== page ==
Best Bluetooth Mouse for Gaming

Living that dongle free lifestyle.

PC gaming on the go is more viable than it ever has been. Graphics cards continue to get more and more efficient, which means they can go in perpetually thinner and lighter machines. Unfortunately, as laptops continue to shed pounds they also shed ports, and at a certain level of thinness even the smallest 2.4Ghz mouse dongle can become cumbersome or just not have an open port to plug into.

As such we see more and more companies turning to Bluetooth mice, and not just because the standard has evolved over the years to reduce latency to barely noticeable levels. These days many Bluetooth mice are custom tailored for gaming, and present as robust a feature set as their 2.4GHz or wired counterparts. So if you’re looking to lose the dongle while gaming on the go then a Bluetooth gaming mouse might be the fix you’re after.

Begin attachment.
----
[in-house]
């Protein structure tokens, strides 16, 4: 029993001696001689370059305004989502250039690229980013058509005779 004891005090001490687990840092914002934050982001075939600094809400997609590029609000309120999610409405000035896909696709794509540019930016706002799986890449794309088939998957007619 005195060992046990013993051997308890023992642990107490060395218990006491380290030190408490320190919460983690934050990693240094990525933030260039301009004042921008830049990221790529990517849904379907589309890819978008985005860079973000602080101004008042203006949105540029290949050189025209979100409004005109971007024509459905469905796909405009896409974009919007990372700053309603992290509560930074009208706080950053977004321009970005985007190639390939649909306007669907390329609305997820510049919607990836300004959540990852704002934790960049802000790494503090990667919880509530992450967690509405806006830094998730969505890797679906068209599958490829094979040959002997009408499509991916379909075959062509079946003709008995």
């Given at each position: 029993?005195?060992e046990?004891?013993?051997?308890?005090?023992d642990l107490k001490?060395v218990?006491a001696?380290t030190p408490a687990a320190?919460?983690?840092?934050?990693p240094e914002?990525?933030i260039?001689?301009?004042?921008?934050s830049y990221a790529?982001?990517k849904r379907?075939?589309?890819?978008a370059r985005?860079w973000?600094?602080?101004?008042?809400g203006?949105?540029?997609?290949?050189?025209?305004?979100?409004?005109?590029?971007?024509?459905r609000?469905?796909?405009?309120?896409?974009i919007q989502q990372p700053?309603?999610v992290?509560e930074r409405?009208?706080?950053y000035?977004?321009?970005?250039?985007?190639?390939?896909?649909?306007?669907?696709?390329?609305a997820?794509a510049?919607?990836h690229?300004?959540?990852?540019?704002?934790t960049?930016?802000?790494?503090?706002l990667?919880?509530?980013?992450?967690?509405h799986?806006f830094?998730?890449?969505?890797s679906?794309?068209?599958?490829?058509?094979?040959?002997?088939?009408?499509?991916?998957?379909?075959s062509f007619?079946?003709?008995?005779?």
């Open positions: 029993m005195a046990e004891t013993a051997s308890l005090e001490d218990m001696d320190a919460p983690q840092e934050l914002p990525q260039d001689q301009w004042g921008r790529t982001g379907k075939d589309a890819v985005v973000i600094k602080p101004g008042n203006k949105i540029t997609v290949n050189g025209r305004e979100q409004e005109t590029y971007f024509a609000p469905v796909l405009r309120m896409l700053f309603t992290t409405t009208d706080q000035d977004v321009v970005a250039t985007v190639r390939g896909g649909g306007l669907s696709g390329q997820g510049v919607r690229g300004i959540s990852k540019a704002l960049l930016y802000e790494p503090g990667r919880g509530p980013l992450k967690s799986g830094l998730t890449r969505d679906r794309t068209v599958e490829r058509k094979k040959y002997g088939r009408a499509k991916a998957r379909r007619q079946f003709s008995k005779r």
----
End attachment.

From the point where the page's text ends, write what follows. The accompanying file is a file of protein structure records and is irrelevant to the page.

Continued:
Razer Orochi V2

Image via Razer

Razer has been defining what mice look like in the gaming landscape for years, but they often shy away from Bluetooth for the majority of their various models. The Orochi V2 fully embraces its heritage as the kind of Bluetooth mouse that you’d toss in a bag, with a slim no-snag design, a 60g weight, and 950 hours of battery life via Bluetooth. It also supports 2.4GHz via an included dongle so you can use it in a more traditional wireless mode if you’d like. Razer has outfitted the Orochi with a gaming-capable 5G 18,000 DPI sensor, and it syncs with their Synapse software suite for customization. If you’re after a toss-it-and-forget-it style backpack gaming mouse to keep on you then it’s a great option.